Schools across the U.S. close as threats pour in
from Digital First Media
Schools across the country closed Friday as threats of violence and rumors of threats came hit districts in states including Michigan, Idaho, Pennsylvania, Maine, Illinois, California, Florida, Utah, Texas, Oregon, Washington, and Oklahoma.
A number of schools were also closed in Connecticut, where the Sandy Hook Elementary School shooting kicked off the wave of concern, but the threats appear most widespread in Michigan.
"The process of education has just been so disruptive that it was a unanimous decision by all superintendents" in Lapeer County to shut down, Tom English, superintendent of North Branch Area schools told the Detroit Free Press. "We're not happy about it."
One student, a 16-year-old in Jackson County, Mich., was arrested for threatening to come into school on Friday and "shoot people," The Oakland Press reports.
The story was similar in Oklahoma, where schools in Caney Valley were closed.
"They installed a doorbell, they locked all entrances into the school, and the only way after the bell had rang in the morning that you could get in was by ringing the bell and en employee letting you in," substitute teacher and mother Kami Asbury told Tulsa's Channel 8.
A school district near Boise, Idaho, canceled planned assemblies at a number of its 50 schools after receiving a rash of threats that suggested "something bad" would happen on Friday, Meridian school spokesman Eric Exline said.
In Florida, a 13-year-old student was arrested on Thursday after he allegedly posted a Facebook message threatening to "bring a gun to school tomorrow and shoot everyone," said the St. Lucie County Sheriff's office on Florida's east coast.
Not all of the anxiety was directly attributable to the attack in Connecticut that left 20 children and seven adults dead — including the attacker's mother. School officials also laid some of the blame on hysteria over what some thought was a Mayan prediction that the world would end on Friday, several news outlets reported.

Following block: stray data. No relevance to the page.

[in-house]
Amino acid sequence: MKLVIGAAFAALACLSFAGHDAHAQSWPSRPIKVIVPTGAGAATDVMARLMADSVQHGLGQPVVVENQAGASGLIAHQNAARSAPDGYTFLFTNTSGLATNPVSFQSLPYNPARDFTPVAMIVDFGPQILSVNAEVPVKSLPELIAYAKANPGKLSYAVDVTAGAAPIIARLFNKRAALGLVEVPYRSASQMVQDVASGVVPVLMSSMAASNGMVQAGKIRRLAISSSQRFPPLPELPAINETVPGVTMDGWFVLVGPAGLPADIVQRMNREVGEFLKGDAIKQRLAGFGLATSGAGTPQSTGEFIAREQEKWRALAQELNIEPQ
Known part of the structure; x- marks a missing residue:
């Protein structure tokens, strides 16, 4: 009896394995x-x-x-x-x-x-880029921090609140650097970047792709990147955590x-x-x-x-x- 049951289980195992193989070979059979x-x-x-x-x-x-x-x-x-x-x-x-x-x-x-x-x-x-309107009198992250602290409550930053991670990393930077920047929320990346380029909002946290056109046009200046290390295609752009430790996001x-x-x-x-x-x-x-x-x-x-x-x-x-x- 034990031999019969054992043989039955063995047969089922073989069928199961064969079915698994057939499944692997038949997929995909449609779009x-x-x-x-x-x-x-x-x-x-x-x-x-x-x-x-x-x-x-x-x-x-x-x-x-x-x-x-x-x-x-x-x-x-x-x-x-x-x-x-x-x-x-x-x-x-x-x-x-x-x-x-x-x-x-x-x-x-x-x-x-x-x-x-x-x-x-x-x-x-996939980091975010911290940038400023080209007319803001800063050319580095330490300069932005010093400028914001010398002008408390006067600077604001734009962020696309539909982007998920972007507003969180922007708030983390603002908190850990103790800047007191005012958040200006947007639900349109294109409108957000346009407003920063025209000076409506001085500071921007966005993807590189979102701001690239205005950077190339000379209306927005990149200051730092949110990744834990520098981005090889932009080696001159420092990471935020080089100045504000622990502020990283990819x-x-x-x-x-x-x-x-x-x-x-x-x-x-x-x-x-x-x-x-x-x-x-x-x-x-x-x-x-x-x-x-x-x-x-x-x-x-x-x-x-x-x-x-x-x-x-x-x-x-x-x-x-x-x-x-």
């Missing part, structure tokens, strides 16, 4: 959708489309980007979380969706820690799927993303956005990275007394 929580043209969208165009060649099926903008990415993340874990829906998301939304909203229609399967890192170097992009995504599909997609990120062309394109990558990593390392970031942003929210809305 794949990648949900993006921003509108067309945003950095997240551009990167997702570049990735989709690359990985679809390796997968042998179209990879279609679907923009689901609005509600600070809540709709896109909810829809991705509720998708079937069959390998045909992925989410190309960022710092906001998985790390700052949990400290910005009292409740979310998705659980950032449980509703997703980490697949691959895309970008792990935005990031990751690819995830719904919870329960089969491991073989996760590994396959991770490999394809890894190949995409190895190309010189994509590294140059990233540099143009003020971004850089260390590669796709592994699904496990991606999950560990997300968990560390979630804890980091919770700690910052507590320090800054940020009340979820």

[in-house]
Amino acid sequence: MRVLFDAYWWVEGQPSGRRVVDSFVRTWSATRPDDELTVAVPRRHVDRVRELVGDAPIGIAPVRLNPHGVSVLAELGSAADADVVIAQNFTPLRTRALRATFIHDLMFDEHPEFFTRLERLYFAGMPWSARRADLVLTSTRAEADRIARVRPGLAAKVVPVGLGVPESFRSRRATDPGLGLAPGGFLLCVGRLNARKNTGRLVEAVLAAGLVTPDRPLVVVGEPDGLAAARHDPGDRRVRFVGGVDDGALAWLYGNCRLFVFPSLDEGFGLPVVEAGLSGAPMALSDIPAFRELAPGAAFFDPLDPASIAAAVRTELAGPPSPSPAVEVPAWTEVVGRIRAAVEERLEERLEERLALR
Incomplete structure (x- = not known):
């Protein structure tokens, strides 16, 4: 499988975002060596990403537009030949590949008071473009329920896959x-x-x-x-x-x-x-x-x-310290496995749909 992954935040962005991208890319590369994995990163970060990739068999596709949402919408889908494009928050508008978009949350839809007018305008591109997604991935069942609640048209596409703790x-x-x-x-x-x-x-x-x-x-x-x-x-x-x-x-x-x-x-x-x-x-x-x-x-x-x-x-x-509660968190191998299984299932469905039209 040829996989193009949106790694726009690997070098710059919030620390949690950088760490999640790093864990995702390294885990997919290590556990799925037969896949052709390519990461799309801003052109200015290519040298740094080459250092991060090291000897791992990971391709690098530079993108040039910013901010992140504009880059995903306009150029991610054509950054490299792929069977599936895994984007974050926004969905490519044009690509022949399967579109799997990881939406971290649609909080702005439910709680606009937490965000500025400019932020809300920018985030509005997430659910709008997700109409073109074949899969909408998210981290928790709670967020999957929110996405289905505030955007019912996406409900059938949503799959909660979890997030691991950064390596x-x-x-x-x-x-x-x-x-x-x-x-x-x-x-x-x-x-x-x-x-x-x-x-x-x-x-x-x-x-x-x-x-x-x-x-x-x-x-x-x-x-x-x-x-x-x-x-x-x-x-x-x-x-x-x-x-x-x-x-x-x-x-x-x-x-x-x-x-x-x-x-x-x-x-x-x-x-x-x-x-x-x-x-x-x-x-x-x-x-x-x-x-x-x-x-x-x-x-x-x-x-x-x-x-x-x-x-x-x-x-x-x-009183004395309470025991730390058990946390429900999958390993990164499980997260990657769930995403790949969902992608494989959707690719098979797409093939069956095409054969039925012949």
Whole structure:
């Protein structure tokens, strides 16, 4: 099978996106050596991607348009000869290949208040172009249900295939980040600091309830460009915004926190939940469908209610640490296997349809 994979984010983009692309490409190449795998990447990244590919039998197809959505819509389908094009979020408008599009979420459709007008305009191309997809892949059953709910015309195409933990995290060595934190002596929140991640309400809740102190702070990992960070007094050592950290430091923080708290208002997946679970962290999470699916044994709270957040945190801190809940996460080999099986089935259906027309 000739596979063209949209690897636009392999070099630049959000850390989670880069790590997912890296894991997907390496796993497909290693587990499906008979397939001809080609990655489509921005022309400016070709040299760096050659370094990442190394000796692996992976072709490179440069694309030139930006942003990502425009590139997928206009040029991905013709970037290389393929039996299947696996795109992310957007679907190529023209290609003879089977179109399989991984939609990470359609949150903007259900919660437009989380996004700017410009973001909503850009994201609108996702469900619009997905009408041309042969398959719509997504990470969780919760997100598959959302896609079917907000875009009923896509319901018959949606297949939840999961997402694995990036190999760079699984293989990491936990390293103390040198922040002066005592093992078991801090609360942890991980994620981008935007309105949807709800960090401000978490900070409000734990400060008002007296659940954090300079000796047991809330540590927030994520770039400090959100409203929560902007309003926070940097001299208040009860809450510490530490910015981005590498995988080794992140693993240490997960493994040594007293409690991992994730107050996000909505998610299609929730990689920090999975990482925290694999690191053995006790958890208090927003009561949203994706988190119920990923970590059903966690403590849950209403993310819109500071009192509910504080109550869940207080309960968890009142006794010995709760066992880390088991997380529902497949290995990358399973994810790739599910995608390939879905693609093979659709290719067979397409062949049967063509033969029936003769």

An administrator in Idaho seemed best to sum up the mood in school districts across the country.
“The reason we’re canceling school is not because we think there is a credible threat but because the fear and the panic is just so palpable that we didn’t believe we could have a productive, calm day,” Coeur d’Alene Superintendent Hazel Bauman told the Spokesman-Review.
NRA calls for armed guards in schools after Sandy Hook shootings
by Ryan Teague Beckwith
WASHINGTON - The nation's largest gun rights advocacy group called today for armed guards in every U.S. school to prevent mass shootings like the one in Connecticut last week, a plan that would cost billions.
In a press conference at a hotel near the White House, National Rifle Association CEO Wayne LaPierre criticized calls for new gun control laws and blamed a federal law creating gun-free school zones for the shootings at Sandy Hook Elementary School and elsewhere.
"We care about our money, so we protect our banks with armed guards," he said. "American airports, office buildings, power plants, courthouses, even sports stadiums all are protected by armed security. Yet when it comes to our most beloved, innocent and vulnerable members of the American family - our children - we as a society leave them everyday utterly defenseless."
The NRA also announced a new effort led by former Rep. Asa Hutchinson, R-Ark., to develop a model school safety program that could be copied by school districts around the country.